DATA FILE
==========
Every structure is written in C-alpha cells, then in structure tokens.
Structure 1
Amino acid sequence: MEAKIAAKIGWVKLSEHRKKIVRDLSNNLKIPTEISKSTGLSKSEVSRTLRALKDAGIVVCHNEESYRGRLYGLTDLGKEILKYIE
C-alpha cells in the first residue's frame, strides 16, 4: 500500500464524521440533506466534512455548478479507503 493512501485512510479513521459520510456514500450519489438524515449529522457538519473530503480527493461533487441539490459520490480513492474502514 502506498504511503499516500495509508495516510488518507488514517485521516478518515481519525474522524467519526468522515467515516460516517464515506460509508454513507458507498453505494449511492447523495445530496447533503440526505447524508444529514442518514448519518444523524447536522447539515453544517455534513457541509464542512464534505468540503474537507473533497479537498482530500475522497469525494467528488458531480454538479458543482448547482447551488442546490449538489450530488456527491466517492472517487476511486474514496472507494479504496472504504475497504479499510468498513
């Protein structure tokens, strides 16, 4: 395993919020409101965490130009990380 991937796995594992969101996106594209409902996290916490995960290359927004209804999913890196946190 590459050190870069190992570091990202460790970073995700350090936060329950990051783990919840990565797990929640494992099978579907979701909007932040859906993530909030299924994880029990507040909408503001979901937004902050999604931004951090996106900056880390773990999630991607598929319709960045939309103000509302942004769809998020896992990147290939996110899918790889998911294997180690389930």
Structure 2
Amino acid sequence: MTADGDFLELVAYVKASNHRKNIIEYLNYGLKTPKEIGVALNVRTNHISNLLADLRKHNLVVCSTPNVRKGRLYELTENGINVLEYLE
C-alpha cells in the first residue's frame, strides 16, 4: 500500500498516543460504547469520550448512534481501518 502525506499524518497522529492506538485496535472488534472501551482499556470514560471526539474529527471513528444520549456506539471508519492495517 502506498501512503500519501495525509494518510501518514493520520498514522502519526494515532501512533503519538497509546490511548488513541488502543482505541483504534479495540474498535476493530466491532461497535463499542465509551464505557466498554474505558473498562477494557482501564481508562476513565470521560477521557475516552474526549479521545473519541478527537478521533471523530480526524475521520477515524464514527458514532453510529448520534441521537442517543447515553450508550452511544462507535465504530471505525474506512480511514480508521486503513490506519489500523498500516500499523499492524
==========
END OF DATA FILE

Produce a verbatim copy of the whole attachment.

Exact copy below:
Every structure is written in C-alpha cells, then in structure tokens.
Structure 1
Amino acid sequence: MEAKIAAKIGWVKLSEHRKKIVRDLSNNLKIPTEISKSTGLSKSEVSRTLRALKDAGIVVCHNEESYRGRLYGLTDLGKEILKYIE
C-alpha cells in the first residue's frame, strides 16, 4: 500500500464524521440533506466534512455548478479507503 493512501485512510479513521459520510456514500450519489438524515449529522457538519473530503480527493461533487441539490459520490480513492474502514 502506498504511503499516500495509508495516510488518507488514517485521516478518515481519525474522524467519526468522515467515516460516517464515506460509508454513507458507498453505494449511492447523495445530496447533503440526505447524508444529514442518514448519518444523524447536522447539515453544517455534513457541509464542512464534505468540503474537507473533497479537498482530500475522497469525494467528488458531480454538479458543482448547482447551488442546490449538489450530488456527491466517492472517487476511486474514496472507494479504496472504504475497504479499510468498513
């Protein structure tokens, strides 16, 4: 395993919020409101965490130009990380 991937796995594992969101996106594209409902996290916490995960290359927004209804999913890196946190 590459050190870069190992570091990202460790970073995700350090936060329950990051783990919840990565797990929640494992099978579907979701909007932040859906993530909030299924994880029990507040909408503001979901937004902050999604931004951090996106900056880390773990999630991607598929319709960045939309103000509302942004769809998020896992990147290939996110899918790889998911294997180690389930």
Structure 2
Amino acid sequence: MTADGDFLELVAYVKASNHRKNIIEYLNYGLKTPKEIGVALNVRTNHISNLLADLRKHNLVVCSTPNVRKGRLYELTENGINVLEYLE
C-alpha cells in the first residue's frame, strides 16, 4: 500500500498516543460504547469520550448512534481501518 502525506499524518497522529492506538485496535472488534472501551482499556470514560471526539474529527471513528444520549456506539471508519492495517 502506498501512503500519501495525509494518510501518514493520520498514522502519526494515532501512533503519538497509546490511548488513541488502543482505541483504534479495540474498535476493530466491532461497535463499542465509551464505557466498554474505558473498562477494557482501564481508562476513565470521560477521557475516552474526549479521545473519541478527537478521533471523530480526524475521520477515524464514527458514532453510529448520534441521537442517543447515553450508550452511544462507535465504530471505525474506512480511514480508521486503513490506519489500523498500516500499523499492524